The court rejected Osie’s other arguments.
The majority opinion was joined by Chief Justice Maureen O’Connor and Justices Paul E. Pfeifer and Terrence O’Donnell. Justice Judith Ann Lanzinger concurred in part with the majority and dissented in part in an opinion joined by Justice Judith L. French. Justice William M. O’Neill dissented.
In her opinion, Justice Lanzinger contended that the state did not prove Osie was guilty of the death specification for murder of a witness. The analysis used in Malone for the meaning of “criminal proceeding” should be used in this case to interpret the witness-murder specification in R.C. 2929.04(A)(8), she reasoned.
“In this case, … the question is whether Williams was a ‘witness to an offense who was purposely killed to prevent the victim’s testimony in any criminal proceeding,’” Justice Lanzinger wrote. “The evidence showed beyond a reasonable doubt that Williams intended to press charges against both Osie and Patterson and that he was killed to prevent his filing a complaint with the police. Indeed, the majority opinion focuses on this point alone, stating that ‘[t]o prove this specification, the state had to prove that Osie killed Williams for the purpose of preventing him from filing a criminal charge.’ … That, however, is not what the statute says.”
“R.C. 2929.04(A)(8) does not mention that an offender must purposely kill to prevent either the filing of a complaint or the initiation of criminal charges, which the evidence shows was the motivation for Osie’s actions. Instead, the specification applies when the offender prevents the witness from testifying in criminal proceedings.”
Although she concurred in affirming the convictions for aggravated murder, felony murder, and the other aggravating circumstances (under R.C. 2929.04(A)(7)), Justice Lanzinger concluded that she would vacate the two convictions for the aggravating circumstance of witness murder and would send the case back to the trial court for resentencing.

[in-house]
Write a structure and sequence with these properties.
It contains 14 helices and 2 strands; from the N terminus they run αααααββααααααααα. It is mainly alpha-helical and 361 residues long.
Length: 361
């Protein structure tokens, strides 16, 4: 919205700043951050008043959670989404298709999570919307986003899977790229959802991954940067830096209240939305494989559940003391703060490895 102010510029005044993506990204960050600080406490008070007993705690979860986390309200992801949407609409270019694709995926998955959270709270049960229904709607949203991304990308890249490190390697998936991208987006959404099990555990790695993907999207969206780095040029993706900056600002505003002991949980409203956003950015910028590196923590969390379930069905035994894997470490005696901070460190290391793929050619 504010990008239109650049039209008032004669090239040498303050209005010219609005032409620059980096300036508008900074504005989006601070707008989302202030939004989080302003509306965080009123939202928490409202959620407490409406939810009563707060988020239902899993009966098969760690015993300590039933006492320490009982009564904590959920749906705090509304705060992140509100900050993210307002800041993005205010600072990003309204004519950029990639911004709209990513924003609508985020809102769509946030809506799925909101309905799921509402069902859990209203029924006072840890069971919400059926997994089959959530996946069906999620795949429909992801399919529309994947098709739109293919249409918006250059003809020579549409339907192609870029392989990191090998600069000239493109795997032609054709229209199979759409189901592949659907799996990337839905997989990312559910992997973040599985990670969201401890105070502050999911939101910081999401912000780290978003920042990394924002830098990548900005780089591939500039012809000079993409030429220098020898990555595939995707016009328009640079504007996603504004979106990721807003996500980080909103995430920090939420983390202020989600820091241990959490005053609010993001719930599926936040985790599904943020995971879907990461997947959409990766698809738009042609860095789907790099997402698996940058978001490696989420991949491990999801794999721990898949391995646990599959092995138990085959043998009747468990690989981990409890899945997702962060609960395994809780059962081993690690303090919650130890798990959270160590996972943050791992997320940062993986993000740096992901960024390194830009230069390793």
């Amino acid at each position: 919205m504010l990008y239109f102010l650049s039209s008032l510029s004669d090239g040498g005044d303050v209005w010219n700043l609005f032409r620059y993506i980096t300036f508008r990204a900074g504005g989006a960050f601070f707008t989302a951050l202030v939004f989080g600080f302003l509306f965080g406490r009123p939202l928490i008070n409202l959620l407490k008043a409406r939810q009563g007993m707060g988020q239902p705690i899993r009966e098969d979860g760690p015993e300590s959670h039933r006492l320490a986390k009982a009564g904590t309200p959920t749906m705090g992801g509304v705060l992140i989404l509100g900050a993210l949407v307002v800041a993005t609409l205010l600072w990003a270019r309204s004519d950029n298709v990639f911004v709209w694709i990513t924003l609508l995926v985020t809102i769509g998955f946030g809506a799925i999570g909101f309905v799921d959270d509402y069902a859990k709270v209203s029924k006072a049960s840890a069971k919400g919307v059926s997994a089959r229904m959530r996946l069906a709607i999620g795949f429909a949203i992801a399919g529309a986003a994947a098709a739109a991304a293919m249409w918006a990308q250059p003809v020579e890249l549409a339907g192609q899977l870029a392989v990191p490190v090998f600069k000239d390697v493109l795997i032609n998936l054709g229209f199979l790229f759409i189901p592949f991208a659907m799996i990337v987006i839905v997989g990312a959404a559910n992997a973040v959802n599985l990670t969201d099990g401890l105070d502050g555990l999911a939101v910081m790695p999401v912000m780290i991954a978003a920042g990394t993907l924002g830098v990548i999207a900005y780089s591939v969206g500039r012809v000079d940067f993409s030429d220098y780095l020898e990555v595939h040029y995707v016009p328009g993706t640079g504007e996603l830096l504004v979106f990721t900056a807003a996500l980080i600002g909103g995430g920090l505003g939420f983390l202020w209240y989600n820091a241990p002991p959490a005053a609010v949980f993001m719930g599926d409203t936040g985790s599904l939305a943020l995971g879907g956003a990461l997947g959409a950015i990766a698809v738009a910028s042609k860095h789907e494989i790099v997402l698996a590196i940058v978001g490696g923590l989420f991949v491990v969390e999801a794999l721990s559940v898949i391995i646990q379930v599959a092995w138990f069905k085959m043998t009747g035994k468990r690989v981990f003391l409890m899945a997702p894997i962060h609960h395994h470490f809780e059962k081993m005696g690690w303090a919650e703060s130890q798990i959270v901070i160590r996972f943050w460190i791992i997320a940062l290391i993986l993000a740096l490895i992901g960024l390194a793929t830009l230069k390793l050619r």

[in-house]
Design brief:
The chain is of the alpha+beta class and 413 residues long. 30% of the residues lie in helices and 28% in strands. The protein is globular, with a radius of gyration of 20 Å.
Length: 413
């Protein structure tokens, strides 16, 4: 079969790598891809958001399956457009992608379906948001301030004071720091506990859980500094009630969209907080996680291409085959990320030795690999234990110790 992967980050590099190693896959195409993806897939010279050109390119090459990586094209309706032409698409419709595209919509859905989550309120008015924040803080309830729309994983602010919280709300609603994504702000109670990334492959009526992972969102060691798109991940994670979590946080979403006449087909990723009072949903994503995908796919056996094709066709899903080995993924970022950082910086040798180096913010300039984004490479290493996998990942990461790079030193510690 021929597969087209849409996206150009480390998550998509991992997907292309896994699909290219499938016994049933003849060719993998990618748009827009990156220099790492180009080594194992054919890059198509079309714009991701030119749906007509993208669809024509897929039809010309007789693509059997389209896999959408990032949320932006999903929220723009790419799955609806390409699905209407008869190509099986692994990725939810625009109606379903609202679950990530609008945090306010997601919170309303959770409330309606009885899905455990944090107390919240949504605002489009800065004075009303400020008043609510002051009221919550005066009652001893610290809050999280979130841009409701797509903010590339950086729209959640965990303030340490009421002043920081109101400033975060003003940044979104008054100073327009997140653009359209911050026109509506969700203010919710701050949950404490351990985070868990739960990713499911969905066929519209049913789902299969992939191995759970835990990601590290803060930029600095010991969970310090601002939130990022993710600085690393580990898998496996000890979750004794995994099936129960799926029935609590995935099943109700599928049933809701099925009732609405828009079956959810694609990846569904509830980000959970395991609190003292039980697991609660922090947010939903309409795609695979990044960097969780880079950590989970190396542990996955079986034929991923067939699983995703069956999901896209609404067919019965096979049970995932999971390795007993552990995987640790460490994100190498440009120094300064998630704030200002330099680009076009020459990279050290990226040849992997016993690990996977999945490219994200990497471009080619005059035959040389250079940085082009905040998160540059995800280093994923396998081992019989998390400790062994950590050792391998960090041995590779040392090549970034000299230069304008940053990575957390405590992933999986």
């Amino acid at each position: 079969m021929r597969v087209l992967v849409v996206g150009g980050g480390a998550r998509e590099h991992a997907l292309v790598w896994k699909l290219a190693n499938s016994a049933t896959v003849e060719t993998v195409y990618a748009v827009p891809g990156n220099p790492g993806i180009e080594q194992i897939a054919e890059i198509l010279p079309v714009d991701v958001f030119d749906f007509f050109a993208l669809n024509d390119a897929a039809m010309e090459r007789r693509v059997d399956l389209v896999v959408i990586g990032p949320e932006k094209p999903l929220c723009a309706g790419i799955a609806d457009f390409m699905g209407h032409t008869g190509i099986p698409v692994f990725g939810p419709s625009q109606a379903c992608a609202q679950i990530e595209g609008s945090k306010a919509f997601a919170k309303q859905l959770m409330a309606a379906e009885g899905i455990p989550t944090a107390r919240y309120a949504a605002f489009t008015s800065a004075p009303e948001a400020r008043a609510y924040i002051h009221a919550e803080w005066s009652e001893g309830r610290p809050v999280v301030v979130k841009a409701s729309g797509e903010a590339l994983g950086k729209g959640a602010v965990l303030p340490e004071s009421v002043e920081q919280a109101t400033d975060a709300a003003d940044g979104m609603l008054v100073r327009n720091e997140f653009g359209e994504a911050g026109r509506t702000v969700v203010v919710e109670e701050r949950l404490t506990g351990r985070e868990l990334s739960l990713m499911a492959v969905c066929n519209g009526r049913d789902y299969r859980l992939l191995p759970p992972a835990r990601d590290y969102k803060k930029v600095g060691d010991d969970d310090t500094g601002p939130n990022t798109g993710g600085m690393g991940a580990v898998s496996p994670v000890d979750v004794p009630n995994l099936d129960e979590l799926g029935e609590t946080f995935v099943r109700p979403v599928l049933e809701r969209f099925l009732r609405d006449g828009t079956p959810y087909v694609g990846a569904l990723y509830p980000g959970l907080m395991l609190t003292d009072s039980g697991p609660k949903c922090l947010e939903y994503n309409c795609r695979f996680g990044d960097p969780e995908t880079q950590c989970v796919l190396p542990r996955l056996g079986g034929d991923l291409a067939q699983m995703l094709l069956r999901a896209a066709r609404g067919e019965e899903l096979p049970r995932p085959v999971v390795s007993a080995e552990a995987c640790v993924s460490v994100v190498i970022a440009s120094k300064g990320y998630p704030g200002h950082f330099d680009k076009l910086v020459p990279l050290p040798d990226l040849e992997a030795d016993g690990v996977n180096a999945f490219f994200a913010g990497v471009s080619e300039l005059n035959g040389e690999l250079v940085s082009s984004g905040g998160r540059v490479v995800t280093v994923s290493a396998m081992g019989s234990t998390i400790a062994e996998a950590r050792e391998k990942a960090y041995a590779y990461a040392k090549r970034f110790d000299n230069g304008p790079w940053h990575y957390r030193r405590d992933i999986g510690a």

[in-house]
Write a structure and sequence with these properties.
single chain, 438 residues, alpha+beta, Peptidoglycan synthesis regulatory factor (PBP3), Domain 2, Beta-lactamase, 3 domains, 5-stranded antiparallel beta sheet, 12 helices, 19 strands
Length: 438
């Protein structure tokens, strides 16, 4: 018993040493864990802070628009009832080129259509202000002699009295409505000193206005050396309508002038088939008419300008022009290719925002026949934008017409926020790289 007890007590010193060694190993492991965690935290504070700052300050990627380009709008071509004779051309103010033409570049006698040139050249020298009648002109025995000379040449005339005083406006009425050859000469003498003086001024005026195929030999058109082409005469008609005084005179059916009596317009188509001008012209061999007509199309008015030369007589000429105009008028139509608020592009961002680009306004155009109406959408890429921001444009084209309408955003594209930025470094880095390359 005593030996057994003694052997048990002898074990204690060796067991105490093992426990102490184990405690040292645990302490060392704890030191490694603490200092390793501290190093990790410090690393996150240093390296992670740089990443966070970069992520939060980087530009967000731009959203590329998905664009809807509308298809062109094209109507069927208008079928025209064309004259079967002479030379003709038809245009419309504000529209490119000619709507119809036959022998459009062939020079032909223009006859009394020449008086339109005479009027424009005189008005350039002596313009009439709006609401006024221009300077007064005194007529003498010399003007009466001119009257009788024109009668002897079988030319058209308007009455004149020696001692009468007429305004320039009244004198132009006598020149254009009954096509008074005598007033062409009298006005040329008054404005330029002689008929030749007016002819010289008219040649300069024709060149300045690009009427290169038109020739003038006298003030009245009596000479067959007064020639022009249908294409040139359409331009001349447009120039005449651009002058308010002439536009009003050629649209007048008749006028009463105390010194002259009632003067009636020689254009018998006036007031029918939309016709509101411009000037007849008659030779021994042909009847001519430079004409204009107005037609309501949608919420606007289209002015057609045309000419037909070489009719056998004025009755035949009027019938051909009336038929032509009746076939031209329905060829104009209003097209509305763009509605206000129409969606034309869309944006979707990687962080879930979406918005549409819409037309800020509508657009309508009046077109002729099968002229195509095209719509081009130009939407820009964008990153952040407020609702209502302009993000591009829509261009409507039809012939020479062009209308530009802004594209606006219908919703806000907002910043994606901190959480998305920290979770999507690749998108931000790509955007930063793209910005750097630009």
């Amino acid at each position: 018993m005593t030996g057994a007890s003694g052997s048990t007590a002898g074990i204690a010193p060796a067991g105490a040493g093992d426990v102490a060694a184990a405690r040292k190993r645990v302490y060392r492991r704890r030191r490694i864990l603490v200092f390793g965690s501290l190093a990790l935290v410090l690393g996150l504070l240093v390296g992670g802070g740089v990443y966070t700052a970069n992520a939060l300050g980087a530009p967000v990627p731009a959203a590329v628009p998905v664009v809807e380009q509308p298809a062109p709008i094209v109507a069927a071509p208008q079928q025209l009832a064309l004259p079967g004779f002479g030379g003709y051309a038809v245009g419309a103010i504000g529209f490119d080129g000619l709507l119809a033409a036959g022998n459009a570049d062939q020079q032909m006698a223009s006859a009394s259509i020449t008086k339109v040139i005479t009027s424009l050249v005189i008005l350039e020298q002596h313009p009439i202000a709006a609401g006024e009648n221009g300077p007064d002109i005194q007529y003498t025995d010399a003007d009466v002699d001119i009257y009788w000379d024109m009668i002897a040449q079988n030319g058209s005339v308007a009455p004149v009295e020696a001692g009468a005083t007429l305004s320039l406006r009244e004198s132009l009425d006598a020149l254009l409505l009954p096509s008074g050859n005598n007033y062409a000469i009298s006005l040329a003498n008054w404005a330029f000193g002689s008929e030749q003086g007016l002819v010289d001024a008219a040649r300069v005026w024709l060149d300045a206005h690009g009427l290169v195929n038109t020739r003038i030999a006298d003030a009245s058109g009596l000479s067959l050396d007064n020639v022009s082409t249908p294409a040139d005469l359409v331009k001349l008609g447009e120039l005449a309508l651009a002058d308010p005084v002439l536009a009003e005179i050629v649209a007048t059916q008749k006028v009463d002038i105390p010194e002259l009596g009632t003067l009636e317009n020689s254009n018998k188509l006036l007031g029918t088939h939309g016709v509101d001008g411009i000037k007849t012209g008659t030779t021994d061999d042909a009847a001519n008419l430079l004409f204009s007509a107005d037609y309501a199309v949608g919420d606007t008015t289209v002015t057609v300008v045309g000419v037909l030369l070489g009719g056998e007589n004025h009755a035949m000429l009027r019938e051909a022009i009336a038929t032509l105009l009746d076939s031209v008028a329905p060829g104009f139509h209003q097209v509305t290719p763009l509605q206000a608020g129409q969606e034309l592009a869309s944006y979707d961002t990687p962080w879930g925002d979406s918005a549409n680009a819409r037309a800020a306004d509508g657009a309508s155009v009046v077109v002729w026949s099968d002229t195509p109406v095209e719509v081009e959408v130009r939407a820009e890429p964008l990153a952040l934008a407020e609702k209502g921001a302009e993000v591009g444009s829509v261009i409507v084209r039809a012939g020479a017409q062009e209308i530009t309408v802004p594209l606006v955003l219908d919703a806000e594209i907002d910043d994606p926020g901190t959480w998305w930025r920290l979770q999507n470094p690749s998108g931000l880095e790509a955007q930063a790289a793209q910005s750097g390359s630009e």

In his dissent, Justice O’Neill asserted that the Supreme Court today repeats the same error it made earlier this year in State v. Kirkland by holding that the court’s independent sentence review can cure any error made in trial court.
“I rejected this analysis in Kirkland and I reject it again,” he wrote. “It is illogical and unsupported by the law. I do not believe that Osie’s choice to have his case heard by a three-judge panel resolves the issue. If there is inarguable and prejudicial error in the imposition of a death sentence, it should be elementary that a new sentencing is required. We do not engage in post hoc justification of the result when reviewing prison sentences. … This is a death sentence, and ‘good enough’ is unacceptable.”
He also contested the majority’s suggestion that it was appropriate to adopt “the inference that Osie’s purpose in stabbing Williams was to keep him from filing charges.”
“It is true that the factfinder may rely upon an inference to conclude that sufficient evidence of an offense has been presented,” Justice O’Neill wrote. “But it is another thing altogether to conclude that the very same ‘inference’ is also sufficient to justify the imposition of a death sentence.”
“[B]efore the state of Ohio, in the name of its citizens, can take another life, it must demonstrate beyond a reasonable doubt that the motive to silence this witness was the driving force behind the fatal act,” he continued. “Other than the death, there is no direct evidence and precious little circumstantial evidence of that intent. Accordingly, I would hold as a matter of law that the state has failed in that endeavor.”
Justice O’Neill pointed out that before Osie’s marriage collapsed and his father died, he was productive – he held a job, raised a family, and put two kids through college. In weighing mitigating factors against aggravating ones, Justice O’Neill concluded that society gains nothing by executing this defendant.
Please note: Opinion summaries are prepared by the Office of Public Information for the general public and news media. Opinion summaries are not prepared for every opinion, but only for noteworthy cases. Opinion summaries are not to be considered as official headnotes or syllabi of court opinions. The full text of this and other court opinions are available online.